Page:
It is expected to land at Kennedy Space Center, Florida, the most preferred location of the three locations.

Tuesday afternoon, July 20, 2011, the weather looked favorable for the shuttle to successfully land in Florida on its first of two Florida opportunities. The shuttle would be landing at dawn on Thursday morning, July 22, 2011

The landing opportunites and locations are as follows:

THURSDAY
KSC orbit 200 – 5:56 am EDT
KSC orbit 201 – 7:32 am EDT

FRIDAY
KSC orbit 215 – 4:56 am EDT
KSC orbit 216 – 6:31 am EDT
EDW orbit 217 – 8:02 am EDT
NOR orbit 217 – 8:04 am EDT
EDW orbit 218 – 9:38 am EDT
NOR orbit 218 – 9:40 am EDT
EDW orbit 219 – 11:15 am EDT

SATURDAY
KSC orbit 231 – 5:30 am EDT
KSC orbit 232 – 7:06 am EDT
NOR orbit 232 – 7:03 am EDT
EDW orbit 233 – 8:37 am EDT
NOR orbit 233 – 8:39 am EDT
EDW orbit 234 – 10:13 am EDT
KSC orbit 236 (descending) – 1:36 pm EDT

source:
NASA / Johnson Space Center / July 19, 2011
NASA / KSC confirms times; NOR not listed as alternative / July 20, 2011

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Shuttle Landing Field Tower at Kennedy Space Center. Grandstands for the media and VIPs are just below the tower. The tower is halfway down the runway known as the SLF, shuttle landing facility. The shuttle takes about 2/3s of the runway to land.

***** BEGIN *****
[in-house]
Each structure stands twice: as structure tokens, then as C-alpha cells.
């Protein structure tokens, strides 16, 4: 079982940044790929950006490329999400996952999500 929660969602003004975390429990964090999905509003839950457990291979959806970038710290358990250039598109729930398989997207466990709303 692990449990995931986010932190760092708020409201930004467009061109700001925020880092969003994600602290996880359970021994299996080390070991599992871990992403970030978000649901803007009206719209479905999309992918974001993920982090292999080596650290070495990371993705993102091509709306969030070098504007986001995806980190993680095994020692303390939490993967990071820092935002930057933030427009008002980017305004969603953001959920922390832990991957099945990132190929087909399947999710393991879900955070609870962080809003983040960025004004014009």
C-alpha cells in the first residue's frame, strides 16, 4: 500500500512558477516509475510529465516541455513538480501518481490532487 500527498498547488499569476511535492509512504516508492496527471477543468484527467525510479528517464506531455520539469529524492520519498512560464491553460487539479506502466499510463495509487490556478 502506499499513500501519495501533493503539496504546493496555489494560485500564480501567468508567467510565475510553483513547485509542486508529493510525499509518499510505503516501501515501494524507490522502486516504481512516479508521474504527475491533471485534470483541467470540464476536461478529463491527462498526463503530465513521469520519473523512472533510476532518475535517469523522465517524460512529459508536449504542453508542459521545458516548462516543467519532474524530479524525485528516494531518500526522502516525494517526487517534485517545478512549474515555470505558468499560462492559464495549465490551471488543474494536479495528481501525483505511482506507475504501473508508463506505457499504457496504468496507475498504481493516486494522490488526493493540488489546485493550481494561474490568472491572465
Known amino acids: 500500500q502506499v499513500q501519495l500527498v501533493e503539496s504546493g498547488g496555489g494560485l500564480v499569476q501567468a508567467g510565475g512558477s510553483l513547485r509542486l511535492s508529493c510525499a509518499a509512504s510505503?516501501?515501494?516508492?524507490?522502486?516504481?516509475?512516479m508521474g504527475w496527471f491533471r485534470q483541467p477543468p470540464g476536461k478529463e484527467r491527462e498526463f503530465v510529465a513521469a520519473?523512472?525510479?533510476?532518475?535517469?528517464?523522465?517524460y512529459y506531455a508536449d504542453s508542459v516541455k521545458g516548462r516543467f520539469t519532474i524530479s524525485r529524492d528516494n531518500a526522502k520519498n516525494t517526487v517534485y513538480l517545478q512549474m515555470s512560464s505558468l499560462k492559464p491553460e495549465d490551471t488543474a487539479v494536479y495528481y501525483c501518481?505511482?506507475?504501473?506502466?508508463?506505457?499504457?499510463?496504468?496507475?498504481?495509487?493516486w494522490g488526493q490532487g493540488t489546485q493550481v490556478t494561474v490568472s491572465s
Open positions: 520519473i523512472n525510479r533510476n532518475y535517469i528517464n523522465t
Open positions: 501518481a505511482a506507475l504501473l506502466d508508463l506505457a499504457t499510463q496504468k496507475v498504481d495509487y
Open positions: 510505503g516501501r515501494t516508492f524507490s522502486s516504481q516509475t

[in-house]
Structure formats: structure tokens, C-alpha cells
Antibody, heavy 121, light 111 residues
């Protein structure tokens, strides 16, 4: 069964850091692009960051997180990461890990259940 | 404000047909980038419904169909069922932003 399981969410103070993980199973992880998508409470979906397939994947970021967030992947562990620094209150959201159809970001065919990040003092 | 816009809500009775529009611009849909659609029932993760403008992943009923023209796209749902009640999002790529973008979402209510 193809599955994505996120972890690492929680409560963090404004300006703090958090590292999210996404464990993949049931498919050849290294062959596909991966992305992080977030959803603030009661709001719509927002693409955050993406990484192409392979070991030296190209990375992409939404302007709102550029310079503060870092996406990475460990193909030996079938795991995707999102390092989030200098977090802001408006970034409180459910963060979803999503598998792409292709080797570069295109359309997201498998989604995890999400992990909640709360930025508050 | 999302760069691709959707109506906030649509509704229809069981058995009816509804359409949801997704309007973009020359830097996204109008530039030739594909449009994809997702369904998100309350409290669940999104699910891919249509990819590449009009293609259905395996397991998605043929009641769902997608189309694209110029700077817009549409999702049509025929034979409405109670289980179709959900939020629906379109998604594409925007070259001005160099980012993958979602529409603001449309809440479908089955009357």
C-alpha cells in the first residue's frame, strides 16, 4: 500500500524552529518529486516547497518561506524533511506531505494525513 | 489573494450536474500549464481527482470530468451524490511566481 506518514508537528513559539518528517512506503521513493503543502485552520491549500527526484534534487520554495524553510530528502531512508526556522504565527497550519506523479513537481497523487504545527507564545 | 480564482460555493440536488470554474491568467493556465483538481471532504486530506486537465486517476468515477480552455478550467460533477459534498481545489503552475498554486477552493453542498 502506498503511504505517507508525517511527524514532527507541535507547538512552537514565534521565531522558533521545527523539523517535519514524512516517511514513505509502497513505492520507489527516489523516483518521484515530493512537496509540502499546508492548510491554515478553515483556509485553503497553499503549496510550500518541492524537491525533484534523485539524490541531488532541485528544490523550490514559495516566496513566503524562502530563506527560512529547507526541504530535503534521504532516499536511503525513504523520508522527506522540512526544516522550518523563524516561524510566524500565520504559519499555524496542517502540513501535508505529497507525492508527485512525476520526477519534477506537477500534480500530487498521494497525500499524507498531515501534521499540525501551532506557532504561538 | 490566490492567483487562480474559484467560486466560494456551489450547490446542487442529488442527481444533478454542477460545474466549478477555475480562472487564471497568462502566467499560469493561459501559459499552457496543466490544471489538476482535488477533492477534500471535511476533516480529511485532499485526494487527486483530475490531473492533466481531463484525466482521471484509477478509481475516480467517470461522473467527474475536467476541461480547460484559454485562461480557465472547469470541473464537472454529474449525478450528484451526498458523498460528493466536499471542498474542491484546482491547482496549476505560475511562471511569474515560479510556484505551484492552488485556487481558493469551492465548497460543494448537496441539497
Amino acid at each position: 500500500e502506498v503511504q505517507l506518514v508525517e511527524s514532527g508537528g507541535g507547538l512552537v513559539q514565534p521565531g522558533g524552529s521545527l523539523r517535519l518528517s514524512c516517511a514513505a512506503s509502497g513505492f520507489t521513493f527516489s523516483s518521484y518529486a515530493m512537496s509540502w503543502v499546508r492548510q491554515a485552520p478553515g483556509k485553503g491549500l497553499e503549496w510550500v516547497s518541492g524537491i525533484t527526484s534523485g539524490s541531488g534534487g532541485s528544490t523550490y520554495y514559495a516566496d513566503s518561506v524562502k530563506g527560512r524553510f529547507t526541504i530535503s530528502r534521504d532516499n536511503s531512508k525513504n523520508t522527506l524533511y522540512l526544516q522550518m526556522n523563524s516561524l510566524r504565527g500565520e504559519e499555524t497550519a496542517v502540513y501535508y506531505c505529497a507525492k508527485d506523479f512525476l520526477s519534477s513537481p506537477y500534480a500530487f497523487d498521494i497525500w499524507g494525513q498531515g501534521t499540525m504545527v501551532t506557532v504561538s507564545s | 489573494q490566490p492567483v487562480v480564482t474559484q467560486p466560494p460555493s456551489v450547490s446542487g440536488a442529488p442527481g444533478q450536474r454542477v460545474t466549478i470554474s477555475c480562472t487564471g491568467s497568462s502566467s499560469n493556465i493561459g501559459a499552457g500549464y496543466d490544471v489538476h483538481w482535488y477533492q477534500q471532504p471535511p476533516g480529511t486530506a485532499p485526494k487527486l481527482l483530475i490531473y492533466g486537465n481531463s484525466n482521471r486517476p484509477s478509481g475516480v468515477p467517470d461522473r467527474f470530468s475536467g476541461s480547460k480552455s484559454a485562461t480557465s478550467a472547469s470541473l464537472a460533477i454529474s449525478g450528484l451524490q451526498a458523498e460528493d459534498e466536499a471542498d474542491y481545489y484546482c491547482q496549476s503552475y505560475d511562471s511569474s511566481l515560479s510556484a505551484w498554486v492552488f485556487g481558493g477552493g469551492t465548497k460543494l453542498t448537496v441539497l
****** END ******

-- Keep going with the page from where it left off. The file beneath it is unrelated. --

The Control Tower at the Shuttle Landing Facility (runway) at Kennedy Space Center. It is here that the Shuttle Atlantis is expected to land before dawn on Thursday, July 21, 2011, ending thirty years of the shuttle program.

The Control Tower is part of a complex halfway down the SLF.

Other facilities adjoining the Tower include media work space and a VIP viewing area. This photograph was taken on May 31, 2011, when the Shuttle Endeavour landed in the evening on the second to last shuttle mission, STS-134.

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Best VIEWING Places
NASA’s best viewing places
, HERE

Mission Summary
NASA online STS-135 Mission Summary HERE

Other Mission Vitae

STS-135 scheduled to Launch Shuttle Atlantis 11:26 am (preferred launch time) on July 8, 2011 — final launch in the shuttle program.

STS-135 scheduled for 12 day mission ending at 7:06 am, July 20, 2011.

This shuttle may be launched later, but will not be launched earlier than this date. The shuttle will not land earlier than the landing time, and may, even if launched on time, be unable to land until later orbits, and even may be unable to land in Florida.

Additionally, NASA wants to add an entire day to the mission which may be possible if the Atlantis is launched on time. If the launch is delayed the consumables on board likely will make the one-day extension impossible.

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Best VIEWING Places
NASA’s best viewing places
, HERE

Mission Summary
NASA online STS-135 Mission Summary HERE

Other Mission Vitae

STS-135 scheduled to Launch Shuttle Atlantis on July 8, 2011 — final launch in the shuttle program.

STS-135 scheduled for 12 day mission ending at 7:06 am, July 20, 2011.